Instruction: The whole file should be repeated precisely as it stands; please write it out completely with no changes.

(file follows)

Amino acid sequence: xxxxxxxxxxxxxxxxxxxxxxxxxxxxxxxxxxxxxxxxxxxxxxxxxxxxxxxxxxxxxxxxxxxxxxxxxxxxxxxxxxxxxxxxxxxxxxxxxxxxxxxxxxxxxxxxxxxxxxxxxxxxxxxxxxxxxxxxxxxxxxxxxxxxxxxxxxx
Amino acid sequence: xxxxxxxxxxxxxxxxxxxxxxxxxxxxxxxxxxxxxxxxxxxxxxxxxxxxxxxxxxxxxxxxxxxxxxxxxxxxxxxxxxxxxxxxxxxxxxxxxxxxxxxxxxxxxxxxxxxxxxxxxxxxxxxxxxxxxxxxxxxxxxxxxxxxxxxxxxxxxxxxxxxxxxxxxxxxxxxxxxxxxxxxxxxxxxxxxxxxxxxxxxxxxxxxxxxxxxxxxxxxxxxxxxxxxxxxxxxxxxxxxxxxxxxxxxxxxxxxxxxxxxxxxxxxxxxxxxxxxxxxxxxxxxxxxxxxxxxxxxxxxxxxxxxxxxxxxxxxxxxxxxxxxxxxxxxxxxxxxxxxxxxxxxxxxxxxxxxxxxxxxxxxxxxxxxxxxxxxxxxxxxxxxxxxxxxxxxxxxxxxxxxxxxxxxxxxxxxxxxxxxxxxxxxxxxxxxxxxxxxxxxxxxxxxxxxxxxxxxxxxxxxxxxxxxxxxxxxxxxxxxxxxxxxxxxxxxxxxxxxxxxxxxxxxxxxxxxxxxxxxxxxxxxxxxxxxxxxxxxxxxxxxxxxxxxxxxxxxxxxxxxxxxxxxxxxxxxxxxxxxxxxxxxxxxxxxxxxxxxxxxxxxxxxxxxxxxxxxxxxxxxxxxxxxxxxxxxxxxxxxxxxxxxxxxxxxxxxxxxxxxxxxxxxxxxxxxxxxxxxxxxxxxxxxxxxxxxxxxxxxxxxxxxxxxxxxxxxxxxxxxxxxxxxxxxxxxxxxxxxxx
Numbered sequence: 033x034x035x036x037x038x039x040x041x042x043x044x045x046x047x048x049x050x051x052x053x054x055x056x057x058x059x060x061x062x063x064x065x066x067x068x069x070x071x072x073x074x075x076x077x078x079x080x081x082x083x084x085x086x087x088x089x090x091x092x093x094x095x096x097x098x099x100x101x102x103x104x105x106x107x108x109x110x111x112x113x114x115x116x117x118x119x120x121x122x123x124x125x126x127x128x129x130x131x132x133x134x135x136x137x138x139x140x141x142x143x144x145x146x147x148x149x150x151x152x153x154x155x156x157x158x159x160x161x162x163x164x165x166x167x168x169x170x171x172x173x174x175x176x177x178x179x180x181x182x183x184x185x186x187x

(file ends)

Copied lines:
Amino acid sequence: xxxxxxxxxxxxxxxxxxxxxxxxxxxxxxxxxxxxxxxxxxxxxxxxxxxxxxxxxxxxxxxxxxxxxxxxxxxxxxxxxxxxxxxxxxxxxxxxxxxxxxxxxxxxxxxxxxxxxxxxxxxxxxxxxxxxxxxxxxxxxxxxxxxxxxxxxxx
Amino acid sequence: xxxxxxxxxxxxxxxxxxxxxxxxxxxxxxxxxxxxxxxxxxxxxxxxxxxxxxxxxxxxxxxxxxxxxxxxxxxxxxxxxxxxxxxxxxxxxxxxxxxxxxxxxxxxxxxxxxxxxxxxxxxxxxxxxxxxxxxxxxxxxxxxxxxxxxxxxxxxxxxxxxxxxxxxxxxxxxxxxxxxxxxxxxxxxxxxxxxxxxxxxxxxxxxxxxxxxxxxxxxxxxxxxxxxxxxxxxxxxxxxxxxxxxxxxxxxxxxxxxxxxxxxxxxxxxxxxxxxxxxxxxxxxxxxxxxxxxxxxxxxxxxxxxxxxxxxxxxxxxxxxxxxxxxxxxxxxxxxxxxxxxxxxxxxxxxxxxxxxxxxxxxxxxxxxxxxxxxxxxxxxxxxxxxxxxxxxxxxxxxxxxxxxxxxxxxxxxxxxxxxxxxxxxxxxxxxxxxxxxxxxxxxxxxxxxxxxxxxxxxxxxxxxxxxxxxxxxxxxxxxxxxxxxxxxxxxxxxxxxxxxxxxxxxxxxxxxxxxxxxxxxxxxxxxxxxxxxxxxxxxxxxxxxxxxxxxxxxxxxxxxxxxxxxxxxxxxxxxxxxxxxxxxxxxxxxxxxxxxxxxxxxxxxxxxxxxxxxxxxxxxxxxxxxxxxxxxxxxxxxxxxxxxxxxxxxxxxxxxxxxxxxxxxxxxxxxxxxxxxxxxxxxxxxxxxxxxxxxxxxxxxxxxxxxxxxxxxxxxxxxxxxxxxxxxxxxxxxxxxxxx
Numbered sequence: 033x034x035x036x037x038x039x040x041x042x043x044x045x046x047x048x049x050x051x052x053x054x055x056x057x058x059x060x061x062x063x064x065x066x067x068x069x070x071x072x073x074x075x076x077x078x079x080x081x082x083x084x085x086x087x088x089x090x091x092x093x094x095x096x097x098x099x100x101x102x103x104x105x106x107x108x109x110x111x112x113x114x115x116x117x118x119x120x121x122x123x124x125x126x127x128x129x130x131x132x133x134x135x136x137x138x139x140x141x142x143x144x145x146x147x148x149x150x151x152x153x154x155x156x157x158x159x160x161x162x163x164x165x166x167x168x169x170x171x172x173x174x175x176x177x178x179x180x181x182x183x184x185x186x187x